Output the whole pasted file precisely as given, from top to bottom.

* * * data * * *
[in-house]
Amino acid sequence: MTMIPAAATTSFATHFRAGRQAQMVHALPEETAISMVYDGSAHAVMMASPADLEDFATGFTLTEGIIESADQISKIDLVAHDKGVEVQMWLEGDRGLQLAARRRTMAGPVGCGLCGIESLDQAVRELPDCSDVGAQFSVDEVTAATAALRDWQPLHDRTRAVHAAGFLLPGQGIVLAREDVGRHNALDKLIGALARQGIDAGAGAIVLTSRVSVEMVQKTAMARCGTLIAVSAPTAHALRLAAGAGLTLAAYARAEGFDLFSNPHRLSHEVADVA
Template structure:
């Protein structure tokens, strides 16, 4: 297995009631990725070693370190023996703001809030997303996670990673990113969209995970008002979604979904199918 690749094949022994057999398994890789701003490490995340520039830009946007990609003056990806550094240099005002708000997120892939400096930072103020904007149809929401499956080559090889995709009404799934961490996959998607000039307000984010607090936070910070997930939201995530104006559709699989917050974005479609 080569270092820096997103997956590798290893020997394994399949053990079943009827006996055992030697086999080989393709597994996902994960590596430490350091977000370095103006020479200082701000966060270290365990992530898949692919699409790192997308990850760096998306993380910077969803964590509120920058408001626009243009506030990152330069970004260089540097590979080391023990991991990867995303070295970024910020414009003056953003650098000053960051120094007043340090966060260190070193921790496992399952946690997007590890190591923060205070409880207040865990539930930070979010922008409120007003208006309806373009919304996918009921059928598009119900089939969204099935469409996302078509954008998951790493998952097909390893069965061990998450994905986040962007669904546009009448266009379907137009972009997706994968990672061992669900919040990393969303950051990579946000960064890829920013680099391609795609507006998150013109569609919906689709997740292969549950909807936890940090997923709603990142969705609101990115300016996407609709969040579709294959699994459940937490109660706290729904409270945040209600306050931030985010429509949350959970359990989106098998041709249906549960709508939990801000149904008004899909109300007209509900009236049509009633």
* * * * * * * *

[in-house]
Amino acid sequence: MTMIPAAATTSFATHFRAGRQAQMVHALPEETAISMVYDGSAHAVMMASPADLEDFATGFTLTEGIIESADQISKIDLVAHDKGVEVQMWLEGDRGLQLAARRRTMAGPVGCGLCGIESLDQAVRELPDCSDVGAQFSVDEVTAATAALRDWQPLHDRTRAVHAAGFLLPGQGIVLAREDVGRHNALDKLIGALARQGIDAGAGAIVLTSRVSVEMVQKTAMARCGTLIAVSAPTAHALRLAAGAGLTLAAYARAEGFDLFSNPHRLSHEVADVA
Template structure:
């Protein structure tokens, strides 16, 4: 297995009631990725070693370190023996703001809030997303996670990673990113969209995970008002979604979904199918 690749094949022994057999398994890789701003490490995340520039830009946007990609003056990806550094240099005002708000997120892939400096930072103020904007149809929401499956080559090889995709009404799934961490996959998607000039307000984010607090936070910070997930939201995530104006559709699989917050974005479609 080569270092820096997103997956590798290893020997394994399949053990079943009827006996055992030697086999080989393709597994996902994960590596430490350091977000370095103006020479200082701000966060270290365990992530898949692919699409790192997308990850760096998306993380910077969803964590509120920058408001626009243009506030990152330069970004260089540097590979080391023990991991990867995303070295970024910020414009003056953003650098000053960051120094007043340090966060260190070193921790496992399952946690997007590890190591923060205070409880207040865990539930930070979010922008409120007003208006309806373009919304996918009921059928598009119900089939969204099935469409996302078509954008998951790493998952097909390893069965061990998450994905986040962007669904546009009448266009379907137009972009997706994968990672061992669900919040990393969303950051990579946000960064890829920013680099391609795609507006998150013109569609919906689709997740292969549950909807936890940090997923709603990142969705609101990115300016996407609709969040579709294959699994459940937490109660706290729904409270945040209600306050931030985010429509949350959970359990989106098998041709249906549960709508939990801000149904008004899909109300007209509900009236049509009633």